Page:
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The Earl Carroll showed movies intermittently from 1928 to 1930 and then again in 1934 as the Casino.
I have not tried listing it since the Ambassador, with a longer history of motion picture exhibition, was not accepted.
Your bells are right. That is the Earl Carroll address!
Not only is Lost Memory good in his speculation, I found proof that he is correct in a January 10, 1973 article about the pipe bombing of the Paree Theatre at 753-9 Seventh Avenue.
“The same owner also owns the Doll Theatre at 719 Seventh Avenue.”
It appears it was already there as early as November of 1972
My cinema treasures interlude of lust occured between 2:13am and 2:16 am sometime on August 14 1982. I think there was plaster.
Can any one please tell me something more about plaster.
My compliments to the NYT and whomever asked for correcting history!
This is good news.
Now about the war on terrorism…
Correction: RATAS DEL ASFALTO at the Cine and SATURDAY NIGHT FEVER at the Embassy make it most likely 1978.
I had my doubts whether the Doll showed movies but that photo in RobertR’s first post proves it. SUMMER OF SUZANNE dates it to 1976 if it was a recent release.
The Orleans is mentioned on the Strand link as it was part of that theatre originally.
Here a description of the title logo sign materials from the Gramercy link.
“Sometimes the company would buy professionally made cut outs that were in the same typeface as the movie poster. These were foam-core letters, painted, and then nailed or stapled onto wooden frames, that were then wired through holes in the little tracks on the marquee. These could be as wide as the marquee and, while not particularly heavy, could be unwieldy, especially in the wind. They looked very spiffy and were used in the last years of the 1970s and early ‘80s, when the Gramercy went first run.” (Peter Damian)
I can’t do better than that. The distributors were rebilled for this and at some sites for plastic backlit logos such as the one teh Ziegefld still uses. They also took care of many poster window and internal displays.
I guess since Alger Hiss lived in the Village as well they could have just used the Sheridan.
Check out the cool Rudolph Abel cloak and dagger stuff at this site. The European may be among those listed.
I now understand that a concession stand divided the two lobbies and that Cineplex Odeon moved it to combine the two sides during their infamous faux-marble refit.
As a Bollywood site it was the New York outlet for Eros films, one of the two main distributors of Indian films. It appears these theatres have a history of distribution owners.
Francesca, if you mean Alger Hiss, his son’s book of memoirs is called A VIEW FROM ALGER’S WINDOW.
John, WHO’S THAT KNOCKING AT MY DOOR? premiered at the Carnegie Hall in September of 1969. You most likely saw LONESOME COWBOYS at the nearby 55th St. Playhouse earlier that year.
THE HARRAD EXPERIMENT, best known for a nude Don Johnson, showed in early August of 1973 on subrun.
Jacquie and Sid can both be found on www.imdb.com
I remember when Cineplex Odeon ran the Carnegie Hall and Jackie Reynal booked and ran the Carnegie Screening Room. They shared the same box office but charged different prices. Cineplex eventually bought out her lease and renamed the second screen Carnegie Hall 2.
Ed, I think the second Eastworld on 61st street was the BYRON – FIRST AVENUE SCREENING ROOM – ART EAST location at 110 East 1st Avenue.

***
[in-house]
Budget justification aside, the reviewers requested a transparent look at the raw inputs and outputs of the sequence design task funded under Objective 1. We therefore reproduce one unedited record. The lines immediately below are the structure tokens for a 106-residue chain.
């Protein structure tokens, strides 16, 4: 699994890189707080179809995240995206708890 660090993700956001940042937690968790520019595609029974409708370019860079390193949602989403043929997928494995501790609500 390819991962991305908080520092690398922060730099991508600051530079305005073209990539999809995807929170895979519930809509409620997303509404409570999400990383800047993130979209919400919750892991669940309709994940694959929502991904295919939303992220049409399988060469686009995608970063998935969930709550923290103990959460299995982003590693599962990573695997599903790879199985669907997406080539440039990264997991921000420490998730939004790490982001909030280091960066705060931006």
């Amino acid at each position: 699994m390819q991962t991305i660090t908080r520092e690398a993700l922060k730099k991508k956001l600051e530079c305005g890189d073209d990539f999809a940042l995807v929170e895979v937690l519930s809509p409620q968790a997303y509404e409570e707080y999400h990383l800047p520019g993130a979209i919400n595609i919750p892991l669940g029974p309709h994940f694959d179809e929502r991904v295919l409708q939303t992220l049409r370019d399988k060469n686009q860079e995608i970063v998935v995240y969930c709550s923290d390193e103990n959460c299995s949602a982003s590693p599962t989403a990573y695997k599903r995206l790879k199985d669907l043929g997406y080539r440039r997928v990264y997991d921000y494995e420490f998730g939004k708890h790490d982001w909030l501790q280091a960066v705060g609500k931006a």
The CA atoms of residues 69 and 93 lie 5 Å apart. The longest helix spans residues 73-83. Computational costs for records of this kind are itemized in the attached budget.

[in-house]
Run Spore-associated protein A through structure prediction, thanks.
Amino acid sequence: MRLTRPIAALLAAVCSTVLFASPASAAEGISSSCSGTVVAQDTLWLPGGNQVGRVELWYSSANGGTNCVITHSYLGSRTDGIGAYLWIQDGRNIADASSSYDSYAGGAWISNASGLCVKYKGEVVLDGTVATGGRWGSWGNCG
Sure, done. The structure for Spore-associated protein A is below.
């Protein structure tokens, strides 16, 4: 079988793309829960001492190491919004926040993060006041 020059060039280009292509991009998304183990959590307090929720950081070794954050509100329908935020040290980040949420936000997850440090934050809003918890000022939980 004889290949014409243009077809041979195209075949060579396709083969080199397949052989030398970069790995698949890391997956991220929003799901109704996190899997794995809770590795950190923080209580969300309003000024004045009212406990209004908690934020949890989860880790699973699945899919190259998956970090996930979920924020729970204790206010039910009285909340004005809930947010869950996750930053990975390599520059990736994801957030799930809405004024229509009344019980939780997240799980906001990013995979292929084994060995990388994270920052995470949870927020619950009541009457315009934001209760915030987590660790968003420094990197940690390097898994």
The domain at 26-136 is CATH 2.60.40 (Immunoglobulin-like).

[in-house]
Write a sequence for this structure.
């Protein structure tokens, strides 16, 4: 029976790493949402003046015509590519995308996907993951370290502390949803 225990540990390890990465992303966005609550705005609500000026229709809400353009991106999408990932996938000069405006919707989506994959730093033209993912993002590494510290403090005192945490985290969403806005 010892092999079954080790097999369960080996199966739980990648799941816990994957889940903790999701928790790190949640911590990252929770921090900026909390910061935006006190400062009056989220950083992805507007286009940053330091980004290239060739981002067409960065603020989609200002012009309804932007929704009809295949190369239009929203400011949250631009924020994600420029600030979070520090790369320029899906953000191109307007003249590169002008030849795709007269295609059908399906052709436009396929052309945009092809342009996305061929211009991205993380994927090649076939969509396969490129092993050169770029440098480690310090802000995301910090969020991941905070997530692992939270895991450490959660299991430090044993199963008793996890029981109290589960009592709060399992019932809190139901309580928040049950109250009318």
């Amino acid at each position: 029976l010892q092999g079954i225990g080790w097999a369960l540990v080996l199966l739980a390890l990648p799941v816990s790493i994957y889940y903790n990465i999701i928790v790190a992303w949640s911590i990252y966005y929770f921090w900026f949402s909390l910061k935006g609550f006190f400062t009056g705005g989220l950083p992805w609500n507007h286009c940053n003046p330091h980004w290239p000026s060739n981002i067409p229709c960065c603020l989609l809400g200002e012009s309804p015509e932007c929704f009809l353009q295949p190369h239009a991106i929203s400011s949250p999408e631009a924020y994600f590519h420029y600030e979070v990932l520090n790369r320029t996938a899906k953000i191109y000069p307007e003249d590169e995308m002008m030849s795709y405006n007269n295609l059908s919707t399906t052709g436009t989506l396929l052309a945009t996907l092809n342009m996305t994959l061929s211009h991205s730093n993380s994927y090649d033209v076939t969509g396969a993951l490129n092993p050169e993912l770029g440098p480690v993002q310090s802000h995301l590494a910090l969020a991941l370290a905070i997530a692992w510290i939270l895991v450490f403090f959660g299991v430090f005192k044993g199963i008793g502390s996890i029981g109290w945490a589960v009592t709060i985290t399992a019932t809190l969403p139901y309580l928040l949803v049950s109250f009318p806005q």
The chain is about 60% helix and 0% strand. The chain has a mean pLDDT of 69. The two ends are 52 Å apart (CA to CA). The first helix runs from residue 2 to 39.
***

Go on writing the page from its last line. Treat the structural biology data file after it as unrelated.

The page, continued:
In the 90’s there was also a Westworld gay porn venue on West Side Highway near Christopher Street.
It is possible that Cineplex Odeon combined the two lobbies.
From the opening ads it looks like RKO took the two existing theatres and remodeled the lobby to a common box office when they launched the twins. The previous theatres were primarily used by Avco Embassy and National General film distributors, respectively so they could guarantee themselves a lucrative east side run when the Baronet/Coronet and Cinema 1 & 2 were tied up with long runs.
Ed, John, that WAS the opening day name for the Manhattan Twin. It became the RKO 59th Street Twin later.
The Gateway was one of the flagships of the Wometco chain in the 50’s and 60’s and, as Ft. Lauderdale’s most luxurious theatre, it often played exclusive runs and roadshow engagements. Many first-run films were brought to Miami and the Gateway just after their Manhattan premieres in order to catch the snowbirds on vacation.
It was often dated with the prestigious Carib on Miami Beach.
That documentary about the DEEP THROAT phenomenon played nationwide a few years back and was not a graphic sex film.
CONSPIRACY OF SILENCE is a separate film and an indictment of the Irish Catholic church. This is an specialised (arthouse) movie theatre.
I like hearing a little about the old neighborhoods and type of films the theatre showed. It adds a unique personality to those theatre pages.
As for the story of plaster, I scroll on when irony eludes me.
Lost Memory, so happy you are still around. I would like to think Warren, Ed and I are happy you are.
Even when we think you are are tiresome, we know we can be too.
Not that there is anything wrong with that that.
At some point operated by Claughton Theatres.
There was another Spanish house with live shows along Flagler Street and towards downtown that closed in the late fifties/early sixties. It was displaced by 1-95 construction and was called Radio Centro or Radio City. Any ideas?
I was recently informed that the amusement park behind the North Side Mall and home to the morning Rick Shaw Show go-go girls was segregated to whites only, well into the sixties. Does anyone have any information on this?
This was a Florida State Theatre at one time and a Brandt house during it’s later years. It mostly ran roadshow, twice a day, exclusive runs such as HELLO, DOLLY! for long runs.